Table 2 summarizes the anatomical locations of nodes with significant differences in nodal quantifiers between control and AD mice with nodes visualized in Figure 2. There were no significant differences between nodal quantifiers for individualized and group-averaged brains for each respective group. No nodes had significant differences in participation coefficients. Notably, both the left ventral thalamic tier and mesencephalic reticular formation nodes had significant differences in all nodal quantifiers except for betweenness centrality. Other nodes that were significantly different in multiple categories included the left retrosplenium, left rostral piriform cortex, left dorsal striatum, and right lateral tier of the thalamus. In their respective groups, the left and right sides of the brains had very few significant differences: betweenness centrality in AD cerebellar peduncle (p = 0.0371, r = 0.354), betweenness centrality in control mouse amygdala (p = 0.0403, r = 0.349), clustering coefficient in AD entorhinal (p = 0.494, r = 0.334), and degree centrality in AD mouse substantia nigra (p = 0.0412, r = 0.347).

Table 2.

Node locations with significant differences in nodal quantifiers

Nodal locationControl (Ind.)Control (Avg.)Alzheimer (Ind.)Alzheimer (Avg.)P value (Ind.)Effect size
Degree centrality 
Ventral thalamic tier L. 6.94 ± 1.12 (4.60) 13.1 ± 1.79 (7.37) 18 0.0093** 0.443 
Retrosplenium L. 10.4 ± 1.19 (4.91) 6.41 ±1.33 (5.47) 0.0171* 0.406 
Piriform rostral L. 9.29 ± 2.12 (8.73) 12 13.0 ± 2.28 (9.38) 20 0.0431* 0.344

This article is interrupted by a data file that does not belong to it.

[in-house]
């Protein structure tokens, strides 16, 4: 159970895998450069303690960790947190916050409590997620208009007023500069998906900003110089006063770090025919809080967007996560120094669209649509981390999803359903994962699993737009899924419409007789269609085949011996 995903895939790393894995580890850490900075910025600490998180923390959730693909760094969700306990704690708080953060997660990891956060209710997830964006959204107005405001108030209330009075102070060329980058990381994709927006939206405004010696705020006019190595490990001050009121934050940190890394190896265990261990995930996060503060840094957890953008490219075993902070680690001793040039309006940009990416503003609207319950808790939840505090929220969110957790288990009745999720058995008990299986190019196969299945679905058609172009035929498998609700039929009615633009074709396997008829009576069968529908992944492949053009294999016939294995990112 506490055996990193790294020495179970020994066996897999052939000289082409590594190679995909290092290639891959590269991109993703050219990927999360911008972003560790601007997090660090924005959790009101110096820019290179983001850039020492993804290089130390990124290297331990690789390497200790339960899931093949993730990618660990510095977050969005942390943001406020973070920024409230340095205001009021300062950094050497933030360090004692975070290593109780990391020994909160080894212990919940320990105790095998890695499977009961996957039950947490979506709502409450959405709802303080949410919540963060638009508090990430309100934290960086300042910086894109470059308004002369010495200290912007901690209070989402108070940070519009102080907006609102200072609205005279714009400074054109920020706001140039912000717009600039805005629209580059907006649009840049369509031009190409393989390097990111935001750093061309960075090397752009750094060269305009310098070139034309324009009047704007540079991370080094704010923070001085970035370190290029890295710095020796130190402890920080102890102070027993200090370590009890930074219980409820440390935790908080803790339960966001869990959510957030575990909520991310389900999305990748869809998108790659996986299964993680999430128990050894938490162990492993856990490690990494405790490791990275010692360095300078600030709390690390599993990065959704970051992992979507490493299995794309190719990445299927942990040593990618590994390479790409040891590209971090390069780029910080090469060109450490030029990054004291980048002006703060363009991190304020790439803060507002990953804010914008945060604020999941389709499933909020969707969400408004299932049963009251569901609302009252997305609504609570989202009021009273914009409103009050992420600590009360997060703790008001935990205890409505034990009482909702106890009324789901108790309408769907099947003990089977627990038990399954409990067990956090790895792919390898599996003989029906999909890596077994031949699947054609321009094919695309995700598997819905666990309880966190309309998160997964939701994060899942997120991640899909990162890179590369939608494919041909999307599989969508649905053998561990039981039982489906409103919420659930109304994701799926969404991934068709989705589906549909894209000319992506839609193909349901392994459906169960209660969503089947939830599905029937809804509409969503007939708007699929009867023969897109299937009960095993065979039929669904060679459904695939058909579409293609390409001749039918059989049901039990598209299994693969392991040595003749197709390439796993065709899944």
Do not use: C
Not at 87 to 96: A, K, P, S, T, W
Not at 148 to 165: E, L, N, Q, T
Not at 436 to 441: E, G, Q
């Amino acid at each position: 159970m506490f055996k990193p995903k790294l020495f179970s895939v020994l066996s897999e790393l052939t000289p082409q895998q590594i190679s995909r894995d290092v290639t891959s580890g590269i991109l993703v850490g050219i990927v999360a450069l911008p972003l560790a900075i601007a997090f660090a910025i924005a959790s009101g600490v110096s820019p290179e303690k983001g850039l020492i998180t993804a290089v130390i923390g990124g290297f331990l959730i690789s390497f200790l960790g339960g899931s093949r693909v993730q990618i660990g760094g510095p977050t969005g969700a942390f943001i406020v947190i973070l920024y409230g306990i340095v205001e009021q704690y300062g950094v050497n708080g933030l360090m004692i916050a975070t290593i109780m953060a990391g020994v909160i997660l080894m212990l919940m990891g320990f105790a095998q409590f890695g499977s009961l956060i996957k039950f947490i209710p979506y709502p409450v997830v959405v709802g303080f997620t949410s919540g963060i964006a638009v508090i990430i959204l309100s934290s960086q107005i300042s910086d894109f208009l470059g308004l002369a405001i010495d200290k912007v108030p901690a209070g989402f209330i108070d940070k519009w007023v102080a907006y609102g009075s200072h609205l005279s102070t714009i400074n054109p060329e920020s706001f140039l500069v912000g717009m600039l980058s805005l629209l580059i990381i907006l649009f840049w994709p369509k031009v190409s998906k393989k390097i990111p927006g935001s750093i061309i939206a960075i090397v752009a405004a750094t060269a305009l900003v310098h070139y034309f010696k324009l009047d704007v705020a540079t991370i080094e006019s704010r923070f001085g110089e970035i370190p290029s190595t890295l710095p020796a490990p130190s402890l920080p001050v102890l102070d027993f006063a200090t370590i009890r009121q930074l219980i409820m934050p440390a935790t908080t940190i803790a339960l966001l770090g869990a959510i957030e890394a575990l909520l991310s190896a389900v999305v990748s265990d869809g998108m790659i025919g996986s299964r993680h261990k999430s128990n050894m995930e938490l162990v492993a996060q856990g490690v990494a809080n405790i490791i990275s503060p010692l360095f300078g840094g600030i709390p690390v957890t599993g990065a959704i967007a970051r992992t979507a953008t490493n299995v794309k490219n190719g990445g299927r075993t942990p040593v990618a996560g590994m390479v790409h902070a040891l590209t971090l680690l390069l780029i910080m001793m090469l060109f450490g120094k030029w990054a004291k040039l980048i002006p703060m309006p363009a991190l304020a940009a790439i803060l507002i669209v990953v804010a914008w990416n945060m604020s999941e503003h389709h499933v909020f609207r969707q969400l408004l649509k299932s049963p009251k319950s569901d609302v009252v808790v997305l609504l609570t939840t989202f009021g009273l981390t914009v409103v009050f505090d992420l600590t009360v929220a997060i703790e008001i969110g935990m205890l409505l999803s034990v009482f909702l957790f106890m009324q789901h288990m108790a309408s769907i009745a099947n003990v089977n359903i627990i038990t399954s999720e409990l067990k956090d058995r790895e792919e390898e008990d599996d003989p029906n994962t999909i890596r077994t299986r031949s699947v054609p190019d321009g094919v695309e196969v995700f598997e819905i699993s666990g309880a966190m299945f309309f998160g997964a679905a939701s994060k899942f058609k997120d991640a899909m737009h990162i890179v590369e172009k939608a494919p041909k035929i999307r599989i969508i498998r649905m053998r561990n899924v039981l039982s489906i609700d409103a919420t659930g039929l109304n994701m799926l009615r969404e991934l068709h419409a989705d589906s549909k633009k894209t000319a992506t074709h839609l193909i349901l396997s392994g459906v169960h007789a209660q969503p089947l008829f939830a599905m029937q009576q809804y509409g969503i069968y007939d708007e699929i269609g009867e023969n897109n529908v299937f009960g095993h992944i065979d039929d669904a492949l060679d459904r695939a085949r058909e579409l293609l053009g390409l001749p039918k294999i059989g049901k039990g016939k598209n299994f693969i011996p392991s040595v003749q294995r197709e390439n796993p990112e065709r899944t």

Mesencephalic Reticular formation L. 10.4 ± 1.85 (7.61) 13 18.2 ± 2.27 (9.38) 37 0.0107* 0.435 
Betweenness centrality 
Retrosplenium L. 171.65 ± 35.14 (144.88) 77.178 ± 21.017 (86.89) 0.0375* 0.354 
Prelimbic L. 125.76 ± 24.00 (98.91) 576 56.24 ± 17.67 (72.84) 0.0164* 0.408 
Insular rostral R. 160.59 ± 38.48 (158.65) 530 60.82 ± 15.50 (63.91) 0.0305* 0.368 
Cerebellar peduncle R. 286.24 ± 36.23 (149.39) 152 172.82 ± 35.50 (146.38) 192 0.0287* 0.372 
Eigenvector centrality 
Ventral thalamic tier L. 0.0421 ± 0.0122 (0.0505) 0.0213 0.126 ± 0.0190 (0.0748) 0.159 0.0036** 0.496 
Retrosplenium L. 0.0770 ± 0.0196 (0.0810) 0.0236 0.0430 ± 0.0164 (0.0676) 1.36E-29 0.0494* 0.334 
Mesencephalic reticular formation L. 0.0751 ± 0.0214 (0.0882) 0.0974 0.152 ± 0.0241 (0.0992) 0.252 0.0138* 0.419 
Amygdala R. 0.0721 ± 0.0193 (0.0794) 0.0931 0.124 ± 0.0198 (0.0814) 0.196 0.0476* 0.337 
Ventral thalamic tier R. 0.0561 ± 0.0152 (0.0628) 0.0588 0.124 ± 0.0231 (0.0953) 0.183 0.0439* 0.343 
Local efficiency 
Dorsal striatum L. 0.0944 ± 0.0254 (0.105) 0.0805 0.187 ± 0.0375 (0.155) 0.178 0.0456* 0.340